Lebar (1972), pp. 101, 102
Kinship system Eskimo (Source)
Lebar (1975), pp. 101-102
Marital residence Neolocal - separate from kin (Source)
Lebar (1975), pp. 101

Conflict

Conflict between communities of the culture Occasional, at least every generation (Source)
Wallace (2013), pp. 80-81
Conflict with other cultures Occasional, at least every generation (Source)
Wallace (2013), pp. 80-81
Cultural Isolation +
Contact with other cultures Frequent, through trade, warfare, travel, etc. (Source)
Wallace (2013), pp. 27, 38-39
Distance to closest landmass inhabited by a different culture (km) 0.0 (Source)
Lebar (1975), pp. 100
Distance to African or Asian mainland (km) 812.3 (Source)
Wallace (2013), pp. 12-13
Pre-Austronesian population Present: Clear evidence of human occupation prior to Austronesian settlement (Source)
Bellwood (1995), pp. 109
Hindu / Buddhist influence on supernatural belief No evidence of influence and not in region of known contact (Source)
Wallace (2013), pp. 8-10, 92-104
Cribb (2000), pp. Map 2.21
Islamic influence on supernatural belief No evidence of influence and not in region of known contact (Source)
Wallace (2013), pp. 8-10, 92-104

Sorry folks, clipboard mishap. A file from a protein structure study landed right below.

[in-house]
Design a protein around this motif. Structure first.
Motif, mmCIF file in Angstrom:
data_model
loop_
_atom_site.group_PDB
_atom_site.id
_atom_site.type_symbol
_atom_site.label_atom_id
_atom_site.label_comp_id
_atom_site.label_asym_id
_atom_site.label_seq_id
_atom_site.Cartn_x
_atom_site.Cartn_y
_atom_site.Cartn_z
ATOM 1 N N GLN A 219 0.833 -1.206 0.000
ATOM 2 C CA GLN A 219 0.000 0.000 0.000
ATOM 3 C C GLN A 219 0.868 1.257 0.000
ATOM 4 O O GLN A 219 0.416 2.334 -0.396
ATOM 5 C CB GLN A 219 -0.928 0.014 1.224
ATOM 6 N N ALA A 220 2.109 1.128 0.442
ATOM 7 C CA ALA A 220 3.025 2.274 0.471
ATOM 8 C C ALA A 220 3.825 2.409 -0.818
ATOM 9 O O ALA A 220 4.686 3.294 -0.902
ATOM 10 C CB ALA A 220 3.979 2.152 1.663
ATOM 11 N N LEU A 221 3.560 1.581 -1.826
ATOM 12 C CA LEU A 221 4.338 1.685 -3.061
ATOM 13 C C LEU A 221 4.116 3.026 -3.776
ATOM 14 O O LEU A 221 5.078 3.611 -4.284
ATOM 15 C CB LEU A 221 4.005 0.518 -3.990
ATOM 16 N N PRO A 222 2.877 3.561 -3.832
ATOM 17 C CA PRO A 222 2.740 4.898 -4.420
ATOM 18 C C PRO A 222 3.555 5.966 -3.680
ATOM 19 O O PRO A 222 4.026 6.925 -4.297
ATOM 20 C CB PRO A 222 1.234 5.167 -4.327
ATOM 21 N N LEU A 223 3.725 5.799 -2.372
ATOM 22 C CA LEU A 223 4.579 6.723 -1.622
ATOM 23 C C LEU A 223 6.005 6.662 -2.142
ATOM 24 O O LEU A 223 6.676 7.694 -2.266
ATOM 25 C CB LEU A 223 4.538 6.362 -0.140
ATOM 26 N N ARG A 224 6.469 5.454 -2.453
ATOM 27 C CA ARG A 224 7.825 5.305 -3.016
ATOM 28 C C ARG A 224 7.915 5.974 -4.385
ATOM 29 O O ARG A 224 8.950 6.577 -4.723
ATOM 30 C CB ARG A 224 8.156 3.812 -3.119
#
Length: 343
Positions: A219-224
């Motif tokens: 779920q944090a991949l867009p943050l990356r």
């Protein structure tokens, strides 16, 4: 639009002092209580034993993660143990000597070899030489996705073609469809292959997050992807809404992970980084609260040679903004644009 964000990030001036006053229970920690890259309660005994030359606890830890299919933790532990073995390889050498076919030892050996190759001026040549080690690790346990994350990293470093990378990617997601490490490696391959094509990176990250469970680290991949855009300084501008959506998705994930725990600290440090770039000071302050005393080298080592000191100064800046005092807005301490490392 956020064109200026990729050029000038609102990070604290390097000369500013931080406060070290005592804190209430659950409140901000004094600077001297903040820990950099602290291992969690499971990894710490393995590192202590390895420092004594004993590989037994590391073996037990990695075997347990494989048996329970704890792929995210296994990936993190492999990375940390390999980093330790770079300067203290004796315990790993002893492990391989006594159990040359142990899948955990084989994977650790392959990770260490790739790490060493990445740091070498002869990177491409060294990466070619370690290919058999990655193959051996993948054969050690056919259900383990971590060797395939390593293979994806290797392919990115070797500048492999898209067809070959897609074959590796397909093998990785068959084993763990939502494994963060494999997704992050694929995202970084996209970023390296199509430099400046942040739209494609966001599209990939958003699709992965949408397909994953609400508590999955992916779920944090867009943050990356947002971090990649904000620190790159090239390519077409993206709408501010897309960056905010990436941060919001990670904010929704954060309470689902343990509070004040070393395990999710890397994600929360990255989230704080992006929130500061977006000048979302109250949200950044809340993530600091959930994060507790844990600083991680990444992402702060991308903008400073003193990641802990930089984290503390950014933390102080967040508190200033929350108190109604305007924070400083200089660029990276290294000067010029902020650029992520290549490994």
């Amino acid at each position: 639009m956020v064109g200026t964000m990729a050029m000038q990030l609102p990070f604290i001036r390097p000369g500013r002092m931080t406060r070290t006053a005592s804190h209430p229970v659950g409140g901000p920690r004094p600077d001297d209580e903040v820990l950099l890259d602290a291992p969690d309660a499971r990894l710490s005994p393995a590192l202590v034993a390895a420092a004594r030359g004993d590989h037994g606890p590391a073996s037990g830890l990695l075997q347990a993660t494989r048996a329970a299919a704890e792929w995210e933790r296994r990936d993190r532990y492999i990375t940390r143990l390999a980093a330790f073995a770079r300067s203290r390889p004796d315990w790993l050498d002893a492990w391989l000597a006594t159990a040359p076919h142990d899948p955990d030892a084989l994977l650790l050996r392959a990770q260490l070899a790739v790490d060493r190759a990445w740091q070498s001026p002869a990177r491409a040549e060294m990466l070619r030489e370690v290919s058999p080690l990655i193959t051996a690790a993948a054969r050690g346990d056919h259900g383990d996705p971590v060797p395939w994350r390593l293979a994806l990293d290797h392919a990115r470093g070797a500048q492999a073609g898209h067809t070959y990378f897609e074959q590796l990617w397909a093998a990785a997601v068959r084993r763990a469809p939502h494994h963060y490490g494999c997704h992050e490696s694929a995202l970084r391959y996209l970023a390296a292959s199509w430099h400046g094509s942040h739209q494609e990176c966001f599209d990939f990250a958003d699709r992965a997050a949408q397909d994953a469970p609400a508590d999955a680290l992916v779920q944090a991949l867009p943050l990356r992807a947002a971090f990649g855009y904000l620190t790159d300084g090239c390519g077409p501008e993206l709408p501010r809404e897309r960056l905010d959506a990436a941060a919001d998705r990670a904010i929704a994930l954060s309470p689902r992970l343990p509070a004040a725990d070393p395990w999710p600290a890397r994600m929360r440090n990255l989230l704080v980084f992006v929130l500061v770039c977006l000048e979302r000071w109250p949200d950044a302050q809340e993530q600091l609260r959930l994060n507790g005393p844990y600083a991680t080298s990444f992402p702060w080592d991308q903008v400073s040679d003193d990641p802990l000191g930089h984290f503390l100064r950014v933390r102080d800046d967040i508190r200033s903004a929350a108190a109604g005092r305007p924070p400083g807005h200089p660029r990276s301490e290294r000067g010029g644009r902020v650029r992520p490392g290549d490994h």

Cribb (2000), pp. 2.23
Christian influence on supernatural belief Evidence of influence (Source)
Wallace (2013), pp. 9, 109
Subsistence and Economy +

Land-based means of subsistence

Animal husbandry as a source of food Minor (Source)
Lebar (1975), pp. 101
Agriculture / Horticulture Principal (Source)
Lebar (1975), pp. 101
Wallace (2013), pp. 54-56
Land-based hunting performed by individuals Minor (Source)
Wallace (1951), pp. 55-56
Land-based gathering Minor (Source)
Wallace (2013), pp. 55-56
Land-based hunting performed by one or more groups Minor (Source)
Wallace (2013), pp. 55-56

Water-based means of subsistence

Fishing and water-based hunting performed by one or more groups Medium (Source)
Wallace (2013), pp. 55
Water-based gathering Medium (Source)
Wallace (2013), pp. 55-56
Fishing and water-based hunting performed by individuals Medium (Source)
Wallace (2013), pp. 55-56

Commercial Activity

Trade / wage labour as a source of food Major (Source)
Lebar (1975), pp. 101
Wallace (2013), pp. 55-56
Physical Environment +

Geographical Range of Culture

Number of islands inhabited by culture One (Source)
Wallace (2013), pp. 7-8

Features of Island with Largest Culture Population

Latitude 17.2 (Source)
Wallace (2013), pp. 12-13
Google Maps (2014)
Longitude 121.5 (Source)
Wallace (2013), pp. 12-13
Google Maps (2014)
Island type (island with largest culture population or largest island if unknown) Continental island (Source)
Rangin (1991), pp. 212-213, 217
Island Size (km²) 104688.0 (Source)
Encyclopaedia Britannica (Luzon) (2014)
Maximum elevation (meters) 2930.0 (Source)
Encyclopaedia Britannica (Luzon) (2014)
Post Contact History(1965-2014)Expand All +
Religious History +

Conversion

Use of force in conversion Low (Source)
Wallace (2013), pp. 112
Resident missionary involvement in conversion process Present, and from Austronesian societies only (Source)
Wallace (2013), pp. 111
Adoption of a world religion Present and predominant (Source)
Wallace (2013), pp. 8

Syncretic Movements

Syncretic religious movements Absent (Source)